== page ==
Let’s face it, being sick or injured sucks. Bet you never thought you’d see me, Ms. Empowerment, writing something like that, did you? But here’s the thing—does it really have to be that tortuously unpleasant? Can the conditions in our life be less than stellar and still manage to offer some pleasant perks? I’m thinking they can.

I had been on a health streak for the last few years: no colds, no flus, not so much as a lingering sore throat. It was great. No. It was freakin’ phenomenal. In fact, it was so freakin’ phenomenal that, not only did I not want it to end, I had become pigheadedly attached to it not ending. Picture the kid who wakes up sick only to find out that he’ll be missing a field-trip to Disneyland if he stays home from school, and you’ll get the idea. It had become one of those winning streaks that drives people to all manner of silliness and denial in order to preserve it. Think BULL DURHAM. And if you’ve never seen that film, go find it!

Of course, like all streaks, mine had come to an end. I caught a cold. Big deal, right?

Well, it might not have been big, but it was significant. Getting sick gave me an opportunity to do some identity busting.

Every now and again, I like to check in with how I’m perceiving myself and whether or not I’ve become attached to that perception.

For example, there have been times in my life where I have perceived myself as being a talented performer, an insightful teacher, an intuitive mother. Nothing wrong with that. But there have also been times when I have gotten so attached to those ideals that I started mistaking them for who I am.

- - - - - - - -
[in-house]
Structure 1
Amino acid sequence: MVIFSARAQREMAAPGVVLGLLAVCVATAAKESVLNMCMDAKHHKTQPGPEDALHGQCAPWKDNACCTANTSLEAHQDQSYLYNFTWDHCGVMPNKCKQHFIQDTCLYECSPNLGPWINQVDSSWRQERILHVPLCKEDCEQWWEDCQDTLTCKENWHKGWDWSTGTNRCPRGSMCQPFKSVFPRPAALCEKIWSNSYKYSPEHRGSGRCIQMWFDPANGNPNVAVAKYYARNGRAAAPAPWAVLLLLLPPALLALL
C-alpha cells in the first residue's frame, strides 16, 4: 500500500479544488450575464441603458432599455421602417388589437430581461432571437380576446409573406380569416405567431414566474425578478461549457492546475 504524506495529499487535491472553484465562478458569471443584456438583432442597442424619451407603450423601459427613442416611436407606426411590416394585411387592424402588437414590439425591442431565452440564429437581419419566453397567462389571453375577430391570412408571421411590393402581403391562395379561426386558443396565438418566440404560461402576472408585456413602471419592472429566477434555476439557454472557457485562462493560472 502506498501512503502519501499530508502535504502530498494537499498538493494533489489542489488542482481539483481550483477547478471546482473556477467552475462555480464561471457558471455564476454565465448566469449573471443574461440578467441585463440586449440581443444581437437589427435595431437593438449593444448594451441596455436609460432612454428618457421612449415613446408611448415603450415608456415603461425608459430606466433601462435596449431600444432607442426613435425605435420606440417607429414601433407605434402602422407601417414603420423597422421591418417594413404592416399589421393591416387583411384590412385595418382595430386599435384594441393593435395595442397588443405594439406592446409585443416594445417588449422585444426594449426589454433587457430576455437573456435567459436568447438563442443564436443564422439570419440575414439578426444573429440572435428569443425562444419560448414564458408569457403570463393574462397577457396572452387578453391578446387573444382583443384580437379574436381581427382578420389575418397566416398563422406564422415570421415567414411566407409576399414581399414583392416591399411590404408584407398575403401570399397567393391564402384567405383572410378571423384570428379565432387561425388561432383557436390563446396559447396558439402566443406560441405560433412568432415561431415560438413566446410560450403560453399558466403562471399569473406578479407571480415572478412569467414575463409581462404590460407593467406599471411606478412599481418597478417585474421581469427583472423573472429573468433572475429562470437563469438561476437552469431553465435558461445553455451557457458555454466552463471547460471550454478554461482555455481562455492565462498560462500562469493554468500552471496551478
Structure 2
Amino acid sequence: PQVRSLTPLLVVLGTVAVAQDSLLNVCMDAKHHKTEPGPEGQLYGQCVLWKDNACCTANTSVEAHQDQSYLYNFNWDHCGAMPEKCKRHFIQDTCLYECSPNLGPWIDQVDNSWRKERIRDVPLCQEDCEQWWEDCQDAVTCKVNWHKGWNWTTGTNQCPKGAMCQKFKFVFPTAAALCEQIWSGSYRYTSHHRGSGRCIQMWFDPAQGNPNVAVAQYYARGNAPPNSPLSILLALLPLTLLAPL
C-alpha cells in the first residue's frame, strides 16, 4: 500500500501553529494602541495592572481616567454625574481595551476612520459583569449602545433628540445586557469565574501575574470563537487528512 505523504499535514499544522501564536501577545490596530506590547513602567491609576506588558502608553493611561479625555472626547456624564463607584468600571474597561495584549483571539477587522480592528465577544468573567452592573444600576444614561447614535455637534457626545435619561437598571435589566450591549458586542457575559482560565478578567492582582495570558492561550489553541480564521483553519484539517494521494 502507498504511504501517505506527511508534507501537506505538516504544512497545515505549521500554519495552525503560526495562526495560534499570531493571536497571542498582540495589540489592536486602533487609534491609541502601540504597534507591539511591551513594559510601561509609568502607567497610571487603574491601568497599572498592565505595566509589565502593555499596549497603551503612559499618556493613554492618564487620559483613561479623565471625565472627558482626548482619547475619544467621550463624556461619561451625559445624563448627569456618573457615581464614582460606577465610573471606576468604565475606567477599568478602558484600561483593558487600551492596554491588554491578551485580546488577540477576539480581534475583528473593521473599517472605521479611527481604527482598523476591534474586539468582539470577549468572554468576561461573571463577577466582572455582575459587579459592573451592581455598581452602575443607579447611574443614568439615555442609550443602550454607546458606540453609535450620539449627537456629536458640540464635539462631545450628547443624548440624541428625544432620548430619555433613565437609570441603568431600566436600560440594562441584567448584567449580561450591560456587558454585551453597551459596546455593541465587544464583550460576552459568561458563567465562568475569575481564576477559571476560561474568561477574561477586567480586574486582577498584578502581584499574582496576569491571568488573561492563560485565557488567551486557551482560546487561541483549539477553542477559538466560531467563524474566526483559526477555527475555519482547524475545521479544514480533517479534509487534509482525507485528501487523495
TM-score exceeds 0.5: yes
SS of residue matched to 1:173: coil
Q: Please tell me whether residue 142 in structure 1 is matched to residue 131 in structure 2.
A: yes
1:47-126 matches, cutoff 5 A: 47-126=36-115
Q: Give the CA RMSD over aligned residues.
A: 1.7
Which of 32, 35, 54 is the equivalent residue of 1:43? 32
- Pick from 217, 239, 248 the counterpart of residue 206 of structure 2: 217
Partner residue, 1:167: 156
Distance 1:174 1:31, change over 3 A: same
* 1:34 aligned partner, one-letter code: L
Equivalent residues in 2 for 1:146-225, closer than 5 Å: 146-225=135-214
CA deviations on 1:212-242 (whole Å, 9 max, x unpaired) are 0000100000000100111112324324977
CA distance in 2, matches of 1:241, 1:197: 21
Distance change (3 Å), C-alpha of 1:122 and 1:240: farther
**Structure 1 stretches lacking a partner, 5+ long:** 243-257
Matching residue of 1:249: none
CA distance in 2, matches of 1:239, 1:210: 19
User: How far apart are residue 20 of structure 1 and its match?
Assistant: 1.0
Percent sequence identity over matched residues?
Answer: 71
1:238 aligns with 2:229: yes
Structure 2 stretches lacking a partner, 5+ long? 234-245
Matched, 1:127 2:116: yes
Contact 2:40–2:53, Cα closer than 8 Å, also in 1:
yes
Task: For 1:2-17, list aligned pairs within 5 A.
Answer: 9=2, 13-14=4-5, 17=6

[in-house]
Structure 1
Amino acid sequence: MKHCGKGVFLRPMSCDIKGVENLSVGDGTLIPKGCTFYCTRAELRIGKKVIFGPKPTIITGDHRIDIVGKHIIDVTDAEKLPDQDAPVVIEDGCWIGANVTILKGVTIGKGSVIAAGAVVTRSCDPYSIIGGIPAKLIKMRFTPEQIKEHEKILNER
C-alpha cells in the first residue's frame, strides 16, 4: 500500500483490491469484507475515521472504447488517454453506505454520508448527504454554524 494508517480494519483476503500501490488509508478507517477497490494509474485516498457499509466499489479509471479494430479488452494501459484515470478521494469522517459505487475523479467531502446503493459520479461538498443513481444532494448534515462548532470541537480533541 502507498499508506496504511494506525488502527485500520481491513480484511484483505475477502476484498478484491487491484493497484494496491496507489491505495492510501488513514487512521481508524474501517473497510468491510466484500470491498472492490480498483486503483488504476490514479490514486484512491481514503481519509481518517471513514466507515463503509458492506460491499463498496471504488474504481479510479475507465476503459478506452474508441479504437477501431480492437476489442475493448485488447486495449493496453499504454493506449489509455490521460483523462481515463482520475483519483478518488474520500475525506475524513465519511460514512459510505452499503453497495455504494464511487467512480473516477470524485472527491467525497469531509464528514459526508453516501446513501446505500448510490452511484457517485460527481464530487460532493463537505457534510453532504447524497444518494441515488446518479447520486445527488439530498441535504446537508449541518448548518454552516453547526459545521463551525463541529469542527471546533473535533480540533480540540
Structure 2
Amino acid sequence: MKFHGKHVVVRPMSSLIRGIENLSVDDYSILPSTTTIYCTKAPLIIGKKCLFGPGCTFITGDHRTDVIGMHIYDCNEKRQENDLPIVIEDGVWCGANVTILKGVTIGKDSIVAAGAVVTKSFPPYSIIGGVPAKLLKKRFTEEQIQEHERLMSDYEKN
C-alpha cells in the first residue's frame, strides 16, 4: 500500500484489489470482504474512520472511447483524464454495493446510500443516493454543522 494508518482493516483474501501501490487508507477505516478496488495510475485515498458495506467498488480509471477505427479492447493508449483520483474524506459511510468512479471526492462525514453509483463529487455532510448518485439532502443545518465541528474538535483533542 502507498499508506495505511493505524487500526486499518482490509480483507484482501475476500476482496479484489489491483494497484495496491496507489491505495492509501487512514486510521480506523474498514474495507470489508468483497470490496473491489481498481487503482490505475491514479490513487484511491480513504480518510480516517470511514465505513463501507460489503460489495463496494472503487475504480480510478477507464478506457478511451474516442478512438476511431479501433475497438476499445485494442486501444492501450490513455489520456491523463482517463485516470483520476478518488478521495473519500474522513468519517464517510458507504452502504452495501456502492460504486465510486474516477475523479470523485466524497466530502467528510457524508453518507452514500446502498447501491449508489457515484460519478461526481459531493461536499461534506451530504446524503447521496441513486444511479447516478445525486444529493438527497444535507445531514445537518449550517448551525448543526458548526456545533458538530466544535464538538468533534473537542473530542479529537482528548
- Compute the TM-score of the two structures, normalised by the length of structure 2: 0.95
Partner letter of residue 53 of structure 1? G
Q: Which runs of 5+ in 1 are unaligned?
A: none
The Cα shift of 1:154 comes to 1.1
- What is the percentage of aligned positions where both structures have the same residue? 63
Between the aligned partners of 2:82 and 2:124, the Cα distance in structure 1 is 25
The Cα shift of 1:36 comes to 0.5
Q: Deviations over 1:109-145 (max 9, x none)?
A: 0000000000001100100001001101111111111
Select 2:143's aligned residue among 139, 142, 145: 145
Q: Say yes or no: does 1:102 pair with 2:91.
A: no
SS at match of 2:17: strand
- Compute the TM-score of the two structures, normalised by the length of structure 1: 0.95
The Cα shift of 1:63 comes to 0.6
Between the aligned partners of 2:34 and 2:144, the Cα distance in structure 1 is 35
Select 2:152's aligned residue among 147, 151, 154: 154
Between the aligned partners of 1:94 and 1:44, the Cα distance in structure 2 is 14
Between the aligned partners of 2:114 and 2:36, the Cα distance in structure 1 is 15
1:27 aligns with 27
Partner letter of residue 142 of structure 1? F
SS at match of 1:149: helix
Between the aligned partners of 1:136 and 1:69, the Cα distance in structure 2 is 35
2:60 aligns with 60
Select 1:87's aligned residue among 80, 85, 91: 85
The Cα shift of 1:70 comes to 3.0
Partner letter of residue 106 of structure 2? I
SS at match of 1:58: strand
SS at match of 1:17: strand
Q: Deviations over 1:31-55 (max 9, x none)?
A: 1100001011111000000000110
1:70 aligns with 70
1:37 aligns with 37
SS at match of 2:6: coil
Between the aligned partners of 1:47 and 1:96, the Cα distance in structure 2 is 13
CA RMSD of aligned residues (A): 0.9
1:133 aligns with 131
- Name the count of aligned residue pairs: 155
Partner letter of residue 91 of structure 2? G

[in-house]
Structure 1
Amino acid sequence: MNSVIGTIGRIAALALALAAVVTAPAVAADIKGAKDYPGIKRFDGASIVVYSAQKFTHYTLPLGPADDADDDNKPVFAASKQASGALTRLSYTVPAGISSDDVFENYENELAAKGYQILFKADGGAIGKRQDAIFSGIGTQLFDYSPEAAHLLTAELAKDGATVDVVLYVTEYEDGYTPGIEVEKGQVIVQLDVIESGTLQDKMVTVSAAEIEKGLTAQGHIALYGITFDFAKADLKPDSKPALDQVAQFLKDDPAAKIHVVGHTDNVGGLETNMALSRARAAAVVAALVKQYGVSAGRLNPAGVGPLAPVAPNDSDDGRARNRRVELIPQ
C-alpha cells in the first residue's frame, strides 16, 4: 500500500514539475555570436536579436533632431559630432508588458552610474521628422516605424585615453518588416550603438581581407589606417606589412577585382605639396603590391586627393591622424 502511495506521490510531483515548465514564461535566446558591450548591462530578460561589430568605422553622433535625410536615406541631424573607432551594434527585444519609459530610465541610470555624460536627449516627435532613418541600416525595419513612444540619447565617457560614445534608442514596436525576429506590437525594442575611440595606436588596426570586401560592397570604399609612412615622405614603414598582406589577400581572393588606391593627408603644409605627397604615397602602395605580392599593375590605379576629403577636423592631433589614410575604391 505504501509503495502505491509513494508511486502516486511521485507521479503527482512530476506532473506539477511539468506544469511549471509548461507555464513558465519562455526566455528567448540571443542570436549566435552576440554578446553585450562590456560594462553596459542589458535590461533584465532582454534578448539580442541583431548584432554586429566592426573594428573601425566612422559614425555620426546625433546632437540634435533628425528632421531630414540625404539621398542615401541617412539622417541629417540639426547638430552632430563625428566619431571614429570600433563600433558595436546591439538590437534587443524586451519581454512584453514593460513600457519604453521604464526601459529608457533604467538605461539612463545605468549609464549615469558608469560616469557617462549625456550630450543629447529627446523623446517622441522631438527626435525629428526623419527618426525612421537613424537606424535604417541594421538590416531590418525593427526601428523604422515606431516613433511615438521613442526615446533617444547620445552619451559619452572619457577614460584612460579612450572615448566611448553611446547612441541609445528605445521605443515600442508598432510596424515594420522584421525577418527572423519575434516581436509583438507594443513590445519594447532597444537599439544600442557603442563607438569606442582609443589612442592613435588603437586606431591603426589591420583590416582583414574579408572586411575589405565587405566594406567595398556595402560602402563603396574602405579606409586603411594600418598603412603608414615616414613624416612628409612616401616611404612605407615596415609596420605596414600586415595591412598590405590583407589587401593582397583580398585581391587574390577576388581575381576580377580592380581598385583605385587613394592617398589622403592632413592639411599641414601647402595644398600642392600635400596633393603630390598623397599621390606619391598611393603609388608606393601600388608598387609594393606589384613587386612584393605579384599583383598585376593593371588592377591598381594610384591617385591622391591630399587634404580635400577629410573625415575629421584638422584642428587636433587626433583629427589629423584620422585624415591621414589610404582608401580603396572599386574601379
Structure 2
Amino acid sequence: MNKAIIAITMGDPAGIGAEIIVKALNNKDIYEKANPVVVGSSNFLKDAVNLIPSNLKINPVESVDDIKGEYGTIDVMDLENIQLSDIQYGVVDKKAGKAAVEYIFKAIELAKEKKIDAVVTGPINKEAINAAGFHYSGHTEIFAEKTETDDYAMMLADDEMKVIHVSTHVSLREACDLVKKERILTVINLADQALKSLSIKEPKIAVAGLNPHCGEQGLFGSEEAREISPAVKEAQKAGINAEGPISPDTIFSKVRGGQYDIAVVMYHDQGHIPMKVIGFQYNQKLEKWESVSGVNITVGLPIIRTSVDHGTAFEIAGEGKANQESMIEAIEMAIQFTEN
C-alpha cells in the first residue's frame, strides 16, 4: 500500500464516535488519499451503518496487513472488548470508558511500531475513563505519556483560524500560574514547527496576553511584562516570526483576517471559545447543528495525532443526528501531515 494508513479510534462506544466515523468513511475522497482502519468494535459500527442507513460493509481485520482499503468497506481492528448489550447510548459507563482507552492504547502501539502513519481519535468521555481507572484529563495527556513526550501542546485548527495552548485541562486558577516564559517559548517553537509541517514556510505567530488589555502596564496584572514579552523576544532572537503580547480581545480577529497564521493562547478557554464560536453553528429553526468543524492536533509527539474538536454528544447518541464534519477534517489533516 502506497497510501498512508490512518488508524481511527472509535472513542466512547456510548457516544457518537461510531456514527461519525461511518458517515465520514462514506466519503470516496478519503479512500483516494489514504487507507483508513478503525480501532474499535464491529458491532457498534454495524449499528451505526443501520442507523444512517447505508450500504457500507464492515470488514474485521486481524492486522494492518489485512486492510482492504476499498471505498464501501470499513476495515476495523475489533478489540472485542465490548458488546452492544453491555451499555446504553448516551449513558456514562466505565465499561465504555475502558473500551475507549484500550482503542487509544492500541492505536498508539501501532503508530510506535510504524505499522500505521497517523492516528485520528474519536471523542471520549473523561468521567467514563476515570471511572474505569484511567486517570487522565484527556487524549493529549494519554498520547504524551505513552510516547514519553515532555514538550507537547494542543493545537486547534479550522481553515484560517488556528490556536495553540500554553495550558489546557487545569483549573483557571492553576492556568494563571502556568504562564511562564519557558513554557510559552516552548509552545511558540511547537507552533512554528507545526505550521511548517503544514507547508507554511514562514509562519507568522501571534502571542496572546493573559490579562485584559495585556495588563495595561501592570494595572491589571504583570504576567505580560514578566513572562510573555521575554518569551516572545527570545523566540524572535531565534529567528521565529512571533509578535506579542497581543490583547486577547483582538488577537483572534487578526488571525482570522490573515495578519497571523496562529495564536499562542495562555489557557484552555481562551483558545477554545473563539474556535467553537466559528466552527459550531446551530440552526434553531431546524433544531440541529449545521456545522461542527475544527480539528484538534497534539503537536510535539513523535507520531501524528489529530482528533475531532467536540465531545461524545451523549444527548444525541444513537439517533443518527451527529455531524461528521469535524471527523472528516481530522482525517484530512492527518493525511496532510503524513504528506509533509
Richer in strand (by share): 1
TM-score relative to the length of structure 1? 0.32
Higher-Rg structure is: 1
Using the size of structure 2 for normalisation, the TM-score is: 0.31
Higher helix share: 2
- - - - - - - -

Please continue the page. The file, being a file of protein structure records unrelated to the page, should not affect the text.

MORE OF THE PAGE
Semantics? I don’t think so. You see, I think there is an enormous difference between believing myself to be good at something and believing that that something is intrinsic to who I am. Why? Well, consider this. If being an intuitive mother is who I am, then what does that mean when I callously interact with my child? How could I possibly admit the infraction, even to myself, if my identity is bound up with me being this intuitive mother? I mean, Intuitive Mothers don’t callously interact with their children ergo I could not possibly have done such a thing ergo my child has woefully misunderstood the situation. Do you see where I’m going with this?

When we become attached to perceiving ourselves a certain way, we make it near impossible to acknowledge, admit, and therefore change aberrant behavior. Self improvement is hard enough as it is. Why make it any harder?

This is why I like to keep a distinction between how I perceive my behavior to be and who I think I am. I do this by avoiding my attachment to the good stuff and by not perpetuating the bad. In other words, I try to avoid viewing my life as a succession of winning or losing streaks. (And in case you’re wondering, that means whining is off limits!)

So, back to this cold.

Once I finally accepted that I was—in fact—sick, I realized how silly it was that I had adopted this superhuman perception of myself. I mean, humans get sick. Maybe not often, maybe not horribly but, sooner or later, our bodies break down. Not only that—drum roll please—we die.

There it is, folks. The ugly truth. We ain’t none of us immortal or perfect or even—apparently—immune to the common cold.

Tori Eldridge
Tori Eldridge is a Honolulu-born writer, a 5th degree black belt ninja, and a former actress, dancer, singer on Broadway, television, and film. She writes action-packed, culturally-rich thrillers and mystically intriguing suspense, empowering non-fiction, and has taught ninjutsu and empowerment across the country.
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